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Ann Rheum Dis. 2013 Mar;72(3):406-9. doi: 10.1136/annrheumdis-2012-202333. Epub 2012 Nov 15.

Meta-analysis suggests that intensive non-biological combination therapy with step-down prednisolone (COBRA strategy) may also 'disconnect' disease activity and damage in rheumatoid arthritis.

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Department of Epidemiology & Biostatistics, VU University Medical Center, 1007 MB Amsterdam, The Netherlands.



Treatment of rheumatoid arthritis (RA) with tumour necrosis factor (TNF) antagonists changes the relationship between disease activity and progression of radiological joint damage ('disconnect'): patients who have little or no response of disease activity still show reductions in damage progression. In early RA, the COBRA strategy (combination of methotrexate and sulfasalazine with step-down prednisolone) has been shown to be equivalent to high-dose methotrexate and infliximab in suppressing damage progression (BeSt trial). We investigated whether COBRA treatment can also 'disconnect' disease activity and damage.


A meta-analysis combined data from the COBRA trial (COBRA vs sulfasalazine monotherapy) with that of two arms of the BeSt trial (COBRA vs sequential monotherapy). Linear regression related 1-year progression of damage (Sharp van der Heijde score) as a dependent variable with disease activity (time-averaged Disease Activity Score in 44 joints (DAS44) or C-reactive protein (CRP)), treatment strategy (COBRA or control) and their interaction (indicator of a disconnect) as independent variables. The main outcome was the pooled interaction term.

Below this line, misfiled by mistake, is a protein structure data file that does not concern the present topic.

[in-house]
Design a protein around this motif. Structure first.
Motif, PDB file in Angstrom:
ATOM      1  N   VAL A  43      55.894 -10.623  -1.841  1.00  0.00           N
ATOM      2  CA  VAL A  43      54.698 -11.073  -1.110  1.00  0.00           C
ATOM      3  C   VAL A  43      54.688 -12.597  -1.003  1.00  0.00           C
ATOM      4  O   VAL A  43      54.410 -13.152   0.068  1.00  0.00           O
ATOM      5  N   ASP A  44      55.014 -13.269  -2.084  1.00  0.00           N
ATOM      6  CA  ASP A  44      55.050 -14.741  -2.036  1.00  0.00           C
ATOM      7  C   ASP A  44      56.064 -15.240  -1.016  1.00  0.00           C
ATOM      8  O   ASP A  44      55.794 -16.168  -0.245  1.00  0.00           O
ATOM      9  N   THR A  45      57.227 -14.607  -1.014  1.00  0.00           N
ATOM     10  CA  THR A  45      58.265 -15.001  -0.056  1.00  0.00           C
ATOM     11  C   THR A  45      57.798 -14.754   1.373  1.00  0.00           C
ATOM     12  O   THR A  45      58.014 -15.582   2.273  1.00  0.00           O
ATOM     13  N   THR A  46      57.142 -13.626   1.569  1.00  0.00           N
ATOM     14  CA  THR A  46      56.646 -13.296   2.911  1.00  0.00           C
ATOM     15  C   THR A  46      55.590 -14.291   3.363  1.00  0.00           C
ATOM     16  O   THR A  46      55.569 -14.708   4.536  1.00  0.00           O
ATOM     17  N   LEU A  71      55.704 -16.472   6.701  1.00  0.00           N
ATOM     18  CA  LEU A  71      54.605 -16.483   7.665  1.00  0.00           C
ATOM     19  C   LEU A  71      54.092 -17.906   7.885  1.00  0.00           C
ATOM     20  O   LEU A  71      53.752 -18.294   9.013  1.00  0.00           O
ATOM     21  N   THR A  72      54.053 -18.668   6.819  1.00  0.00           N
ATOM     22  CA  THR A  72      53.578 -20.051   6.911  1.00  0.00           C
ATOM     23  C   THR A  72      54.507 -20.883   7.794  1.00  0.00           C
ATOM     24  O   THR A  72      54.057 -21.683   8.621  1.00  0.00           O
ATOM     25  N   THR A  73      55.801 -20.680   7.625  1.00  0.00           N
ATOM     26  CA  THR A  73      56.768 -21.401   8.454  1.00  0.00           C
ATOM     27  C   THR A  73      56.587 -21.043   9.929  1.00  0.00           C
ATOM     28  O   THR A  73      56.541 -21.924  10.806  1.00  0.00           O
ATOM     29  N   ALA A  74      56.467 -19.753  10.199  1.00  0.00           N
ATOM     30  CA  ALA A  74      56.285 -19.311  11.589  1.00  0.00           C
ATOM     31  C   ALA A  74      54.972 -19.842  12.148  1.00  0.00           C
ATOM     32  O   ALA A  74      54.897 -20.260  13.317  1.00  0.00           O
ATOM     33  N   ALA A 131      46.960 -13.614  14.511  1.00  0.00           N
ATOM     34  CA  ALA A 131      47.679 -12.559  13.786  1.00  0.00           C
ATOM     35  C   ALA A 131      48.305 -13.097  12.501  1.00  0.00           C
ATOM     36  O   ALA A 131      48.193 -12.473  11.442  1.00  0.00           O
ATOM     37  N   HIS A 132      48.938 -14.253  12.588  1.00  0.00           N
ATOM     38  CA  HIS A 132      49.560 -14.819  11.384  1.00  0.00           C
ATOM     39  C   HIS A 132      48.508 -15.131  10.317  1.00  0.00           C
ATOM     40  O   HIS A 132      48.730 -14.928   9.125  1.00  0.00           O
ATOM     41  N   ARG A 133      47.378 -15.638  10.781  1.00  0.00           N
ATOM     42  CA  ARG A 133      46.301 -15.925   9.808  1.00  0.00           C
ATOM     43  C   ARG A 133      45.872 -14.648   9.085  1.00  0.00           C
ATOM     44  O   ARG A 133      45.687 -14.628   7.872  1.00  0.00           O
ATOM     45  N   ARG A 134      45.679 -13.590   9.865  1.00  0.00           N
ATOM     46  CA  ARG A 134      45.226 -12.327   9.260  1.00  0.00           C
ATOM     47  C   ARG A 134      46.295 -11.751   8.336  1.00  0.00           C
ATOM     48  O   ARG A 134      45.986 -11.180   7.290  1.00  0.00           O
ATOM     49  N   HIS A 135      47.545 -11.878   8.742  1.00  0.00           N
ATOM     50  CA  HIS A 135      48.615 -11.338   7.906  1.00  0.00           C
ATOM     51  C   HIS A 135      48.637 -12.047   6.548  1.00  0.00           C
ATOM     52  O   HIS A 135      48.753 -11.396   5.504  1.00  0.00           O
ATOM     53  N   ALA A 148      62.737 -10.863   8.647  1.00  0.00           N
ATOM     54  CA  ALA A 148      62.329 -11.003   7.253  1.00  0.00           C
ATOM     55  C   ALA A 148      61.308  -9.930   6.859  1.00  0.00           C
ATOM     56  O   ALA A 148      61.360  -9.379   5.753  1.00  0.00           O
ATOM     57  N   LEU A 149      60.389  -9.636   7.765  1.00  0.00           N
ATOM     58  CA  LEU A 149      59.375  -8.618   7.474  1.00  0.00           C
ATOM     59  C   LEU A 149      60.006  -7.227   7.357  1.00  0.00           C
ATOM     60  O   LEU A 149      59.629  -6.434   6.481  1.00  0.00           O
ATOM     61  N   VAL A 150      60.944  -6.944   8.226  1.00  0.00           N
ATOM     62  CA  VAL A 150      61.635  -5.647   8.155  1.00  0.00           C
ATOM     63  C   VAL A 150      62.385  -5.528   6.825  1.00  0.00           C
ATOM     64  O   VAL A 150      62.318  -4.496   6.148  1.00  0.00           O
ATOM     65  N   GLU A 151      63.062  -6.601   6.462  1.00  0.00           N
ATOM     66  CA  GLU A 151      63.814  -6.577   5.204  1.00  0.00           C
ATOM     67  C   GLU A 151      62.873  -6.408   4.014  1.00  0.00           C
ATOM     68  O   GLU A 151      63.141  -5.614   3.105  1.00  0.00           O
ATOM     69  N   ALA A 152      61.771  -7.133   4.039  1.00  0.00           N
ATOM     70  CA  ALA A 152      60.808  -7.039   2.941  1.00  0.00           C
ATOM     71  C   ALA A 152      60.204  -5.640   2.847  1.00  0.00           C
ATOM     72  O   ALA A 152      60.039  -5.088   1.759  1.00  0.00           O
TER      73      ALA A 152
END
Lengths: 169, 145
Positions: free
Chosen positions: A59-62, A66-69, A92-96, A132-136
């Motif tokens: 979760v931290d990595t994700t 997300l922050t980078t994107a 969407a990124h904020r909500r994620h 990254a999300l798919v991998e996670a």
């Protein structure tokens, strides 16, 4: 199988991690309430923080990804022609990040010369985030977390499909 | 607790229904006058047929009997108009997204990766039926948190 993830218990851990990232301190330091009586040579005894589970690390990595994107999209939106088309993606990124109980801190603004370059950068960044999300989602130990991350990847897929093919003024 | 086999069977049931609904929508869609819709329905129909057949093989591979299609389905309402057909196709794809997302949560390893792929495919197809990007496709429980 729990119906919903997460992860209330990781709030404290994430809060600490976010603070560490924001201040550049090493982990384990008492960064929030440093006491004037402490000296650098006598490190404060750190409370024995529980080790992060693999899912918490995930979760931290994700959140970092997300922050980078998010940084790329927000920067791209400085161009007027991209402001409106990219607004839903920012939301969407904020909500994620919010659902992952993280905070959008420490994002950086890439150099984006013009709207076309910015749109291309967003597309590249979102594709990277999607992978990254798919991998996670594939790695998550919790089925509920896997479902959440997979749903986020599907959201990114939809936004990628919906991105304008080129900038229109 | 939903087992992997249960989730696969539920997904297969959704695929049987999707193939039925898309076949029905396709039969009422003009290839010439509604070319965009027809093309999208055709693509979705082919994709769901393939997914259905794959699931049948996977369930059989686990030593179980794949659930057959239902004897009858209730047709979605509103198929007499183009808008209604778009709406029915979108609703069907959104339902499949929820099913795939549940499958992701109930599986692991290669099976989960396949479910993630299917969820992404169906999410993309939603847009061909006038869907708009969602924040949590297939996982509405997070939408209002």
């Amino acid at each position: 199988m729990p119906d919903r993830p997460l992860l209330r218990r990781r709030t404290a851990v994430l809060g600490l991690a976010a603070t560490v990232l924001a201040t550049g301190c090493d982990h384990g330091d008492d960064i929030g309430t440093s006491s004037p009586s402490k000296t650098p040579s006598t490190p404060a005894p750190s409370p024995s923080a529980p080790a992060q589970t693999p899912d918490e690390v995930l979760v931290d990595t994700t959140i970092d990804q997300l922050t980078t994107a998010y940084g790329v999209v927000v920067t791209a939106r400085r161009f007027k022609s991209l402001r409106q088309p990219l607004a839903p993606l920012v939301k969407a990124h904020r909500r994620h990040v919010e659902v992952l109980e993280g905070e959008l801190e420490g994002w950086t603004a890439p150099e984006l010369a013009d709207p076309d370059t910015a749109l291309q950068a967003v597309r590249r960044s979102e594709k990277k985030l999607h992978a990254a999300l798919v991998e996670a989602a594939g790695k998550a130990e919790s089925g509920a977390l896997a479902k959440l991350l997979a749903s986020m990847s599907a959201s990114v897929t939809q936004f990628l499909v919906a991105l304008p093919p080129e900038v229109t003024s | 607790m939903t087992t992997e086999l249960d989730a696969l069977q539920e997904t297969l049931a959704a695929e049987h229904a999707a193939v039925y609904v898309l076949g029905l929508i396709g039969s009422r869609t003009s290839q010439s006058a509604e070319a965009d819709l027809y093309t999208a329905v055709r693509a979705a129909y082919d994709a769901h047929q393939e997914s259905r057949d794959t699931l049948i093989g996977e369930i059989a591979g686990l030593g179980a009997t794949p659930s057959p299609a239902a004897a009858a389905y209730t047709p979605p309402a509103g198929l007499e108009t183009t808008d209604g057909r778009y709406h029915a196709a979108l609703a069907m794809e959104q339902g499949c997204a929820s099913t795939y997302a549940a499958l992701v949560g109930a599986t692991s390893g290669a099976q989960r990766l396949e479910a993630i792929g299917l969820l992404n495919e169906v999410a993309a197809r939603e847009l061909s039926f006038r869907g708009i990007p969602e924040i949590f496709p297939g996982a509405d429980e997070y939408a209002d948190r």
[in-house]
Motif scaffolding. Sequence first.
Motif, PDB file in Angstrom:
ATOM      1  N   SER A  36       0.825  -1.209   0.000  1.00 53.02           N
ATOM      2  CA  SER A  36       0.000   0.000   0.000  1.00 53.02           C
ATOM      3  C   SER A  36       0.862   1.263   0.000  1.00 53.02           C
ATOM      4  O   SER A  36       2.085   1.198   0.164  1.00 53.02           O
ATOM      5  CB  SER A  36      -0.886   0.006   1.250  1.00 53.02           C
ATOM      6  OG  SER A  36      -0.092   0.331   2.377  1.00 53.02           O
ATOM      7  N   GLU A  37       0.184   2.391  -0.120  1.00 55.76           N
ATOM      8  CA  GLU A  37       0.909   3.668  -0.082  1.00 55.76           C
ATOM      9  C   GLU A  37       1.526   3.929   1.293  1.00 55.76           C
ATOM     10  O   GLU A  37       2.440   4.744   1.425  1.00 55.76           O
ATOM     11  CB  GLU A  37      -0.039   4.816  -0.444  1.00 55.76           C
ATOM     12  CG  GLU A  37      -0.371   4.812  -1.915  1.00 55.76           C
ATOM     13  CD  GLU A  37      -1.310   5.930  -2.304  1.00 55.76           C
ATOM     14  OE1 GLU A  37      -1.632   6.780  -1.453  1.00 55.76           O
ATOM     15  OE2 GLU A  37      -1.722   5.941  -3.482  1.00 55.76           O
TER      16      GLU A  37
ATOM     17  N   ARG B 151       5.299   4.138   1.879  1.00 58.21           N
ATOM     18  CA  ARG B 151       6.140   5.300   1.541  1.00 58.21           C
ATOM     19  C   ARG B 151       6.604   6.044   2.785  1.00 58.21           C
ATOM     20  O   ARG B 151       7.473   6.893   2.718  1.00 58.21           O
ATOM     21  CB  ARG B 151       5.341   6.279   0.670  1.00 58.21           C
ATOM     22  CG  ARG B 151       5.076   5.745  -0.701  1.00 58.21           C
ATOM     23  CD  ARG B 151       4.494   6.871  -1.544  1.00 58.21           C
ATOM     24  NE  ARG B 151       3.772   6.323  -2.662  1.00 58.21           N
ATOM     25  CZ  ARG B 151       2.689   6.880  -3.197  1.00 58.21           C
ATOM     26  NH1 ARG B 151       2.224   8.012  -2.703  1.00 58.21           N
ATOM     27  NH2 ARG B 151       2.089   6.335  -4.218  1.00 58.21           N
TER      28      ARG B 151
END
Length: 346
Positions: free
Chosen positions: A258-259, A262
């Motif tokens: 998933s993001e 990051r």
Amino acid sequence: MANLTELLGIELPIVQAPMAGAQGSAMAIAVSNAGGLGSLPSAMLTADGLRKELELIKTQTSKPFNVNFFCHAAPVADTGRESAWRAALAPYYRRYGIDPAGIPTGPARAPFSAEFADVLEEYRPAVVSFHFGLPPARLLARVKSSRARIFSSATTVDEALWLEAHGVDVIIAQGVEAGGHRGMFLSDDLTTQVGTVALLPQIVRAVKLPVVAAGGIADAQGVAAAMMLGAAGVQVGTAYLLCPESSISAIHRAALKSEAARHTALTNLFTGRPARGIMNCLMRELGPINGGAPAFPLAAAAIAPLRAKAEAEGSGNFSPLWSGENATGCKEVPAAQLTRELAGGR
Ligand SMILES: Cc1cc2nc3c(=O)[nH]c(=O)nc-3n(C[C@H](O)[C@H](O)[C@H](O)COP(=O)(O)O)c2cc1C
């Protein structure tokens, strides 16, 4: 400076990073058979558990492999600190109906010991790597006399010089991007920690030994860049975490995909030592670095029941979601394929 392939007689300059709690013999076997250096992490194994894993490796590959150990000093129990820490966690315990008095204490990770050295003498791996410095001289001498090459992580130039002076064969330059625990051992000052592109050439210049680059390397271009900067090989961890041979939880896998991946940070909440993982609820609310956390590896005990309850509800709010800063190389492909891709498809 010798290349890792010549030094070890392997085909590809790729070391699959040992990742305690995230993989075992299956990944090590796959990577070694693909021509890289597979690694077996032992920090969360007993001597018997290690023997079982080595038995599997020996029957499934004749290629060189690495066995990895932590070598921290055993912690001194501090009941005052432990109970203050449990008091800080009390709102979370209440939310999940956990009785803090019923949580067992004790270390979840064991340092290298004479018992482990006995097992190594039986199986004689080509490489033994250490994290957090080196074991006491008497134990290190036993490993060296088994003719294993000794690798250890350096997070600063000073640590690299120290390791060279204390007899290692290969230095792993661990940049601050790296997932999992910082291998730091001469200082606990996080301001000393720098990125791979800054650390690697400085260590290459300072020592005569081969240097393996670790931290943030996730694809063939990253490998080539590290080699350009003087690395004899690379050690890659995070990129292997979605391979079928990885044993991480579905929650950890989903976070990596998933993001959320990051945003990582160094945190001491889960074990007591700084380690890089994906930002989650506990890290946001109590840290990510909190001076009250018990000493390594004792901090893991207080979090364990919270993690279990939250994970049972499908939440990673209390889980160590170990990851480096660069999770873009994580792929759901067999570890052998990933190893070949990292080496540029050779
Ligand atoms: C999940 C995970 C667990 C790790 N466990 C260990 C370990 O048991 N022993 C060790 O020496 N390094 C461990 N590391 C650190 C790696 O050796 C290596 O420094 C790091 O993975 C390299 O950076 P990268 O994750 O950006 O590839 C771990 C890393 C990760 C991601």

Complete data from 60-100% of patients were available. Before pooling, disease activity was the only (strongly) significant independent factor related to damage progression. The pooled interaction term was (weakly) significant: time-averaged DAS44Ă—treatment interaction, one-sided p=0.027; time-averaged CRPĂ—treatment interaction, one-sided p=0.044.


Changes in the relationship between disease activity and damage progression may not be limited to anti-TNF treatment, but a property of early, rapid and deep suppression of joint inflammation, also induced by conventional strategies that include glucocorticoids.

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